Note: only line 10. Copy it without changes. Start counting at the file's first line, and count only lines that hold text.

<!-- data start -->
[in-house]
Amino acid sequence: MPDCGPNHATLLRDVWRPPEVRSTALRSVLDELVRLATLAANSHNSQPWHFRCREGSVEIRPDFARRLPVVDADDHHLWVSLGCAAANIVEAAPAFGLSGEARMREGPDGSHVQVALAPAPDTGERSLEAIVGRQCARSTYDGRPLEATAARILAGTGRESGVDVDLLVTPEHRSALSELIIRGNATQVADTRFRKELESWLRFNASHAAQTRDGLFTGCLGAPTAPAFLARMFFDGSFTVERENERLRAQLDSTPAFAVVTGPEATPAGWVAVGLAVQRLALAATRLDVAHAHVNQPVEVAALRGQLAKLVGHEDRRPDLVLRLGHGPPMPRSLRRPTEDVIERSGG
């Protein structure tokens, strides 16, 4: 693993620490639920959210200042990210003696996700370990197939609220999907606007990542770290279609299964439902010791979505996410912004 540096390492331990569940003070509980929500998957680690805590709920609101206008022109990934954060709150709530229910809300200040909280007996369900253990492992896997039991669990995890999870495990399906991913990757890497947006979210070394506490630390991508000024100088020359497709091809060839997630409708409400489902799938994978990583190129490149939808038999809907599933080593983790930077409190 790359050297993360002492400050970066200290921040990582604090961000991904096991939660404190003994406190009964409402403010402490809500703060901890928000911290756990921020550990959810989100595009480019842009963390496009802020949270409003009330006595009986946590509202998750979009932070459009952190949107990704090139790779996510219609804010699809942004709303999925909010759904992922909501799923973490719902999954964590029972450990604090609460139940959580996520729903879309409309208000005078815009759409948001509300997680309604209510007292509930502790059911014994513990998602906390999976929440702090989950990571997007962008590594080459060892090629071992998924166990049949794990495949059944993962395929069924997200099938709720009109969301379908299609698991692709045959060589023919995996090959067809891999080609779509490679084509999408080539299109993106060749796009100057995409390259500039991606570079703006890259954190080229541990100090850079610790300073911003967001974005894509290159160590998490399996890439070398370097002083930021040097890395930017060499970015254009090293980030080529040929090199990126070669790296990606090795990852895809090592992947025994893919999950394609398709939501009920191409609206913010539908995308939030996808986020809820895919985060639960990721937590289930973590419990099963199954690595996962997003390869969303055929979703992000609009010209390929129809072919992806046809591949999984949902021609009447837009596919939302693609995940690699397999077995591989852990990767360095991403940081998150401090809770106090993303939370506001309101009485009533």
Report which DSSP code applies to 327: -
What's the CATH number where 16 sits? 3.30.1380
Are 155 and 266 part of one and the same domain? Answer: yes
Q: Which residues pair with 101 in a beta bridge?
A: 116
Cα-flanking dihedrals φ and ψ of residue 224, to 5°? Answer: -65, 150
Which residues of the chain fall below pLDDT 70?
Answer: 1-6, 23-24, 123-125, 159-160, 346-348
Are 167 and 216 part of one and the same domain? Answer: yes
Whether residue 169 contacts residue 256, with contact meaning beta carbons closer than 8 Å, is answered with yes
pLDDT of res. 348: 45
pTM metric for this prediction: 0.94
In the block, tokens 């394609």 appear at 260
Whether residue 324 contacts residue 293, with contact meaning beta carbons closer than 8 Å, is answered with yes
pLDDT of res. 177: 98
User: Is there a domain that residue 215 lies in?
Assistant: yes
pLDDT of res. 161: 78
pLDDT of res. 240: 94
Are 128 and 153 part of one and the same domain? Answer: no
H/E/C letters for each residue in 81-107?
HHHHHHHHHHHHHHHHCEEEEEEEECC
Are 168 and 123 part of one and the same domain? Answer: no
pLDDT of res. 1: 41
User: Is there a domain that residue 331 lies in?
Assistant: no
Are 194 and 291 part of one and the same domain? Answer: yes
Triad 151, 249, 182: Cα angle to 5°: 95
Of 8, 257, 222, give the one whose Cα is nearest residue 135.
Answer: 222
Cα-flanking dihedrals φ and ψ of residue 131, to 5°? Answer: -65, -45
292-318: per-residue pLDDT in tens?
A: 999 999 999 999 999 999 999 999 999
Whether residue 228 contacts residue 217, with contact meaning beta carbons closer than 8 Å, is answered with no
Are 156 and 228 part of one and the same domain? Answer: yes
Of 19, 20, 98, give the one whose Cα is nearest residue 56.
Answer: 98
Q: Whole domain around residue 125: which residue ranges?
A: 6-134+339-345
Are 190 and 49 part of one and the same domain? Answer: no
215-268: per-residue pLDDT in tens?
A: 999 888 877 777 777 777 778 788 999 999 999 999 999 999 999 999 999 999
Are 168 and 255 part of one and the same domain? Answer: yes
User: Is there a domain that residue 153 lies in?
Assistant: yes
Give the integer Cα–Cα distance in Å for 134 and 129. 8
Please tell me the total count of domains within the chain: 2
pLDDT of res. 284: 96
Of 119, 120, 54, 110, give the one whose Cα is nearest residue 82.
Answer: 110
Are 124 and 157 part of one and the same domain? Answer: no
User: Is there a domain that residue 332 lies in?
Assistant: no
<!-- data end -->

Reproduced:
Which residues of the chain fall below pLDDT 70?